Archaeologists: An Earthquake Destroyed this Canaanite Palace in Upper Galilee during the Bronze Age

In recent years, researchers from the University of Haifa and George Washington University in Washington, DC have uncovered in the Upper Western Galilee a magnificent Canaanite palace from the Bronze Age about 3,800 years ago. It was suddenly destroyed and abandoned, but archaeologists didn’t know the reason for this.

 

Now, the Israeli and American scientists have reached the conclusion that it was probably an earthquake – one of the earliest ever recorded at an archaeological site – that caused the sudden wreckage and evacuation of the palace, its magnificent halls, wine cells and other glorious wonders –  and the site after centuries that they flourished. 

 

“Apparently, the earthquake split the palace in two – causing Kabri residents to lose faith in the ruling dynasty and abandon the entire city, which has not been settled since,” said Prof. Assaf Yasur-Landau of the Recanati Institute of Marine Studies and the department of marine civilizations at the University of Haifa. 

 

The new study has just been published in the prestigious journal PLoS ONE (Public Library of Science One) under the title “Earthquake damage as a catalyst to abandonment of a Middle Bronze Age settlement: Tel Kabri, Israel.” 

 

The beautiful Canaanite palace at Tel Kabri near ​​Kibbutz Kabri was first excavated in the 1980s, but it was the digging more recently by the Israeli and American teams that revealed the palace’s immense splendor. The palace, which flourished in 1900 and 1700 BCE, was a marvel of luxury and meat consumption that testified to immense wealth and murals that showed its trade and cultural ties with the Minoan Crete and the Aegean Islands. It also had huge wine warehouses where many dozens of large wine jars were discovered.

 

            “From an initial look in 2013, my initial assumption was that it was an earthquake, but of course we had to find evidence of this and rule out many other explanations that would cause the destruction and abandonment of the place. For example, there could have been a climate crisis, overuse of the environment or a violent occupation of the site,” said Dr. Michael Lazar of the geometric sciences department at the University of Haifa who led the current study.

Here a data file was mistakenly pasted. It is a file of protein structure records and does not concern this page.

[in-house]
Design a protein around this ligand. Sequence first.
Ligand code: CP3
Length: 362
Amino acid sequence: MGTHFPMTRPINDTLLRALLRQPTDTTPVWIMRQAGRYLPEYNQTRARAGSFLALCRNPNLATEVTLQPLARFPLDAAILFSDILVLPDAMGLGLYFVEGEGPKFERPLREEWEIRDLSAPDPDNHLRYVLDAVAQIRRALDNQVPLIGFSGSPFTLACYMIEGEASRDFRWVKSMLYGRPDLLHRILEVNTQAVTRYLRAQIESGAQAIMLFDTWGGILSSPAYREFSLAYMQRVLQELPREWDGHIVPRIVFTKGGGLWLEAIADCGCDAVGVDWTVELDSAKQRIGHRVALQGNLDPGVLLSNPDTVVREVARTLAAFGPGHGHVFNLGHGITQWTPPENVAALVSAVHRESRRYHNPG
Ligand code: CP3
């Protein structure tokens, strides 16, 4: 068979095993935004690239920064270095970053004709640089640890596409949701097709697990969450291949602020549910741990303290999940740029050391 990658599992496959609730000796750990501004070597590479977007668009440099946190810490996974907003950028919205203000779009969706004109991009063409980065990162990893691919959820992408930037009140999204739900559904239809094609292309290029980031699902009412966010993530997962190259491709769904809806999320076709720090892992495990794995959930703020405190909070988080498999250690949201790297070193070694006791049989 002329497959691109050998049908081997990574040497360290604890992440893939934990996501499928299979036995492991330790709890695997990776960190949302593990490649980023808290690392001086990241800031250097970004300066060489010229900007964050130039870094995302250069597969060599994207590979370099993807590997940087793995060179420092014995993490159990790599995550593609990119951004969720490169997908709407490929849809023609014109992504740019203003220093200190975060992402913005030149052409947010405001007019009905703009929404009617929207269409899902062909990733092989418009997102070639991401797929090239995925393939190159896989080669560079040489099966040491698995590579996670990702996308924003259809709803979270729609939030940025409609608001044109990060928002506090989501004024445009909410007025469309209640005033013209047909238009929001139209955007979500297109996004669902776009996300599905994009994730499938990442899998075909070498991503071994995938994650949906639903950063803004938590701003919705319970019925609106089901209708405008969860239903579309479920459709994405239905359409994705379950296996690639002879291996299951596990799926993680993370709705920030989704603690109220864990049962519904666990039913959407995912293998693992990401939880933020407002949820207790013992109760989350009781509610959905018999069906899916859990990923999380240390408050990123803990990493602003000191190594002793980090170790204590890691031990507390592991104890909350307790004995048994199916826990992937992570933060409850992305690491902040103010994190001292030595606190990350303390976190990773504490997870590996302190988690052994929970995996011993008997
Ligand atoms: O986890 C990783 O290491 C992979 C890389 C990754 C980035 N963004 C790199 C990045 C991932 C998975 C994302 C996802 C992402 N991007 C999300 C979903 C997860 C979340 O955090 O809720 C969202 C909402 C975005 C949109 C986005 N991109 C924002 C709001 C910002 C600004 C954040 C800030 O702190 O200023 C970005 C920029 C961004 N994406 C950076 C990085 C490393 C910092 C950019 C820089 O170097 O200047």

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A discovery made last year at excavation tipped the scales in favor of an earthquake as the explanation. Several seasons ago, researchers discovered a canal that had passed through part of the palace, but at first they thought it was a modern canal, from recent years, that may have been excavated as part of the agricultural activity in the area. 

 

When they opened up and started digging in a new section, they found that the canal extended for at least another 30 meters; most importantly, they found that parts of the palace walls fell into the canal. “The researchers could see areas where the plaster floors appeared warped, walls had tilted or been displaced, and mudbricks from the walls and ceilings had collapsed into the rooms, in some cases rapidly burying dozens of large jars. It looked as if the ground had opened and the floor just fell into the ditch. In addition, we found no evidence of attack – no arrows, no signs of burning, no evidence of unburied bodies. We could now connect this evidence with previous evidence of Russian walls and urns,” said Cline. 

 

Still, before determining that an earthquake was the most likely possibility, the researchers sought to rule out other possibilities. To this end, Prof. Ruth Shachak-Gross, joined the excavation team together with research student Roey Nickelsberg from marine civilizations department at the University of Haifa. 

 

For example, they examined the accumulation of mud bricks that fell into the canal, as well as the accumulation of animal bones. “They were piled up and covered at once. The fact that the wine jars were found shattered in their place, when there was evidence in the cellars of the cellars that the wine was spilled into the sewer, reinforced the idea that a traumatic, sudden and rapid event led to destruction.” 

 

            When you add to all this evidence the geology of the area – the fact that the place is on the Kabri fault, that there are four streams on the same line, which could indicate an active fault and other geological findings, the explanation of the earthquake is greatly strengthened,” Lazar said. “We in Israel are constantly talking in the context of earthquakes about the Dead Sea area. And here, we have evidence of what was probably an earthquake in a completely different area and of a different fissure. In further research, I hope we can calculate how strong that earthquake was.”

 

Apparently, the traumatic event led to the loss of the legitimacy of the royal dynasty among the residents, which led to the disintegration of the community and to the fact that the palace has not been rebuilt since then,” the archaeologists concluded.

 

 

 


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